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I have never heard anything good about Cerner from other providers who have used it. Literally not one good thing.
 
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JKinSC

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I have never heard anything good about Cerner from other providers who have used it. Literally not one good thing.
We used Cerner in residency, and it wasn’t the worst thing in the world... It did motivate admin to switch to Epic, eventually.
 

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I have never heard anything good about Cerner from other providers who have used it. Literally not one good thing.

I briefly used it on a rotation. Not really intuitive at all, but from what I heard once you get used to it and set up your templates it's not awful. Definitely far from the worst EMR I've used.
 

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We are being told that Cerner will replace CPRS sometime in the next year or so. I'm not looking forward to it.

As far as training goes, just get a well rounded residency training experience. Most programs have VA rotations available. The VA offers tons of free online CME on all the veteran mental health related topics and you can sign up for their mailing lists. I get literally 50 training opportunities per week in my VA email on these topics.They are glad for residents to participate, too.
 
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kopftonmd

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We have Cerner!

It's not amazing, but it's not terrible (@ Allscripts Sunrise). It's not super intuitive, but once you get used to it and get your dot phrases and such figured out it's not incredibly slow and bumbling... just moderately slow and bumbling. It also feels like it was made a long, long time ago in a galaxy far, far away... maybe I'm such a millenial, but I feel like a more attractive interface would help me like it more.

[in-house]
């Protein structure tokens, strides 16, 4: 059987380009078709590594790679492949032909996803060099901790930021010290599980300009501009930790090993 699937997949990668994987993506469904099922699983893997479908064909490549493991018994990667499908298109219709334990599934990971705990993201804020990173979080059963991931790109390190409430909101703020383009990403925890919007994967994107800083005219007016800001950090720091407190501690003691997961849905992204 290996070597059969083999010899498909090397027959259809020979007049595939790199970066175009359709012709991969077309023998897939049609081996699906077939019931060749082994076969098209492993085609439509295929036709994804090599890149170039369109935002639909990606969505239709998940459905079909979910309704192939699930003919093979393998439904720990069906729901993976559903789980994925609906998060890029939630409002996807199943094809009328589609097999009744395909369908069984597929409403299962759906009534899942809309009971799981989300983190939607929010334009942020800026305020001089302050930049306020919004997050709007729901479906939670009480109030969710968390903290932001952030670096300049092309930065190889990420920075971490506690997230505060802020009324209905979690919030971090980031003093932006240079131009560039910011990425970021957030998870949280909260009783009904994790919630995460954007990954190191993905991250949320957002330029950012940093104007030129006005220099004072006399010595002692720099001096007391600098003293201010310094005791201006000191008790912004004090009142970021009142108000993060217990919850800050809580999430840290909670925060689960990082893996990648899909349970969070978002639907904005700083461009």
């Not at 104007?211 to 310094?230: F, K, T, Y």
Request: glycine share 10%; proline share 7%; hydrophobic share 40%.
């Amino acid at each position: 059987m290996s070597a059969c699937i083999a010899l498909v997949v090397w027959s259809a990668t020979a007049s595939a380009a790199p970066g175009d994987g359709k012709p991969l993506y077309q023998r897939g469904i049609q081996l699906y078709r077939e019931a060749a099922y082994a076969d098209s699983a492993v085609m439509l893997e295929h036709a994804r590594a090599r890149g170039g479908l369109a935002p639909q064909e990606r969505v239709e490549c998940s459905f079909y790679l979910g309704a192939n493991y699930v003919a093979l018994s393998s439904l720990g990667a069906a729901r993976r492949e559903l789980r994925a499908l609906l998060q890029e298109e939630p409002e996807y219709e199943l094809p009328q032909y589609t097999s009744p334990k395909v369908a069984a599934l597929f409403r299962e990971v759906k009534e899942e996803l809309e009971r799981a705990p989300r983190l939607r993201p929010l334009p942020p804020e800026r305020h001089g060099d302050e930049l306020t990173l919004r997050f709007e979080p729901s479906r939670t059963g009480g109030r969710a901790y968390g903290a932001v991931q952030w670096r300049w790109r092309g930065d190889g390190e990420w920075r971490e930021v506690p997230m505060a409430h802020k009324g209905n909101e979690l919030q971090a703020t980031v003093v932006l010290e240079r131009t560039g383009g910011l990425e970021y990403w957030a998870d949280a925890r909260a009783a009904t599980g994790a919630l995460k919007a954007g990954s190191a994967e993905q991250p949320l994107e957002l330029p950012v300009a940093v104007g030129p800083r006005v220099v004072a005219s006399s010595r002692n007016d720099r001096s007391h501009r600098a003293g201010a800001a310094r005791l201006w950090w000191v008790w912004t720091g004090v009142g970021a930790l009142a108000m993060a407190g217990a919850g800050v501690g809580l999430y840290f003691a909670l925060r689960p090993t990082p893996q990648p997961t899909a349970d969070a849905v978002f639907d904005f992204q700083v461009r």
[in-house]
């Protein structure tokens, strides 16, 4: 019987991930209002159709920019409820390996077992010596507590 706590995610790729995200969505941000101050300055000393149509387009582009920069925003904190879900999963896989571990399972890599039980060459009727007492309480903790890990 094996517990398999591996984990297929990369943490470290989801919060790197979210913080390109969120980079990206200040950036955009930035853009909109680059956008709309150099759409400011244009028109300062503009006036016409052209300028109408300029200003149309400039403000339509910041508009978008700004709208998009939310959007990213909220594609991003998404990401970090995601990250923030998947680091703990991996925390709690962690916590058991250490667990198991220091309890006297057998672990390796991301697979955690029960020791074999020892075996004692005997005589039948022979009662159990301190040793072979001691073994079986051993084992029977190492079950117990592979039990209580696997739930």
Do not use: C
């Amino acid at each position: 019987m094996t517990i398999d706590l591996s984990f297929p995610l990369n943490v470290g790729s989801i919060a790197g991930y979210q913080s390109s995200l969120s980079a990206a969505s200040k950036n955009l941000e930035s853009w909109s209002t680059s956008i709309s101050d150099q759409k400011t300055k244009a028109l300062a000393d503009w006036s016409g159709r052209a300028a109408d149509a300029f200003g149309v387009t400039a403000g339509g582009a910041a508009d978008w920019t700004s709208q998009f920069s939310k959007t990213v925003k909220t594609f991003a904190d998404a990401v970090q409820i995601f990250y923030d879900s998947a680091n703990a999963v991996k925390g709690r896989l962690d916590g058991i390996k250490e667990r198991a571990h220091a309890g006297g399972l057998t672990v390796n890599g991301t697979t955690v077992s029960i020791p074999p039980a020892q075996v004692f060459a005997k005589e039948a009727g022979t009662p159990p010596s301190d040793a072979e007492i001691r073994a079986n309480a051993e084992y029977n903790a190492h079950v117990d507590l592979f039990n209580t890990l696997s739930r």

The mobile app is a pain in the tuches, though.
 
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Anybody know of any VA facilities that are hiring for outpatient (full or part time) in coastal areas of Florida?
 

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Anybody know of any VA facilities that are hiring for outpatient (full or part time) in coastal areas of Florida?
Have you looked at USAJobs.gov? If not, look there first. However, sometimes jobs are available and for bureaucratic reasons they aren't posted yet. They usually have to relist open jobs every 6 months and it can be slow.
Which VA's in particular are you interested in? I might be able to dig up an email on Monday.

If it were me, after looking at USAjobs, and if I don't have their email, I would just call them. For example, here is the number for the Miami VA hospital mental health. Click on contact information. Here is the psychiatry service number: Psychiatry Service: 305-575-7000, ext. 13903
Call them and tell ask to leave a message for the chief of mental health that you are a psychiatrist looking for employment and mention whether you have been able apply for a position on USAjobs or not. Leave your contact information. If they have open positions they will call or email you back. If they don't, they either have no need or you don't want to work there, anyway. Fortune favors the bold.